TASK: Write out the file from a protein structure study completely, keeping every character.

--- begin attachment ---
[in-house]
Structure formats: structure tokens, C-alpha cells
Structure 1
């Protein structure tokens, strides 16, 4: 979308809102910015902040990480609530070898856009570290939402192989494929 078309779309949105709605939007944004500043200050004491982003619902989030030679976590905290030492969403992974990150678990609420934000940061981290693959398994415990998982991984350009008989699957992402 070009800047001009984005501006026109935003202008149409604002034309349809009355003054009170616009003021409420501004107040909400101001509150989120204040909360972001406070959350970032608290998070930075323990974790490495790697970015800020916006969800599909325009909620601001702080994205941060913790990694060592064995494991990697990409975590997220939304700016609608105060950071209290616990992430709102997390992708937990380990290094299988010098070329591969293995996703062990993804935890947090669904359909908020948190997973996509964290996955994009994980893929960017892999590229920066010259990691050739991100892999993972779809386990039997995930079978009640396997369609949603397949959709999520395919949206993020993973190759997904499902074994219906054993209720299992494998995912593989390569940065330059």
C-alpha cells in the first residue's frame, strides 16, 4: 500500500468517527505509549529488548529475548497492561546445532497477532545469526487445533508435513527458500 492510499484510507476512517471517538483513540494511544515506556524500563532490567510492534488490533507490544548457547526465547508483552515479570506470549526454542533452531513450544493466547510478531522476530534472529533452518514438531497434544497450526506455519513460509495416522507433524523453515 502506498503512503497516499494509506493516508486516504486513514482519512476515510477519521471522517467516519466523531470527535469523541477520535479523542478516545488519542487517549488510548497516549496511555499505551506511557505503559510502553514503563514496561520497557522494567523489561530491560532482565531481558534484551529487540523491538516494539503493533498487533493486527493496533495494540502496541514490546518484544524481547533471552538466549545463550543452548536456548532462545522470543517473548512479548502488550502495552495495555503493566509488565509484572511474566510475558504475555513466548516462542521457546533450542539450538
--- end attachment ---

[in-house]
Structure formats: structure tokens, C-alpha cells
Structure 1
């Protein structure tokens, strides 16, 4: 979308809102910015902040990480609530070898856009570290939402192989494929 078309779309949105709605939007944004500043200050004491982003619902989030030679976590905290030492969403992974990150678990609420934000940061981290693959398994415990998982991984350009008989699957992402 070009800047001009984005501006026109935003202008149409604002034309349809009355003054009170616009003021409420501004107040909400101001509150989120204040909360972001406070959350970032608290998070930075323990974790490495790697970015800020916006969800599909325009909620601001702080994205941060913790990694060592064995494991990697990409975590997220939304700016609608105060950071209290616990992430709102997390992708937990380990290094299988010098070329591969293995996703062990993804935890947090669904359909908020948190997973996509964290996955994009994980893929960017892999590229920066010259990691050739991100892999993972779809386990039997995930079978009640396997369609949603397949959709999520395919949206993020993973190759997904499902074994219906054993209720299992494998995912593989390569940065330059």
C-alpha cells in the first residue's frame, strides 16, 4: 500500500468517527505509549529488548529475548497492561546445532497477532545469526487445533508435513527458500 492510499484510507476512517471517538483513540494511544515506556524500563532490567510492534488490533507490544548457547526465547508483552515479570506470549526454542533452531513450544493466547510478531522476530534472529533452518514438531497434544497450526506455519513460509495416522507433524523453515 502506498503512503497516499494509506493516508486516504486513514482519512476515510477519521471522517467516519466523531470527535469523541477520535479523542478516545488519542487517549488510548497516549496511555499505551506511557505503559510502553514503563514496561520497557522494567523489561530491560532482565531481558534484551529487540523491538516494539503493533498487533493486527493496533495494540502496541514490546518484544524481547533471552538466549545463550543452548536456548532462545522470543517473548512479548502488550502495552495495555503493566509488565509484572511474566510475558504475555513466548516462542521457546533450542539450538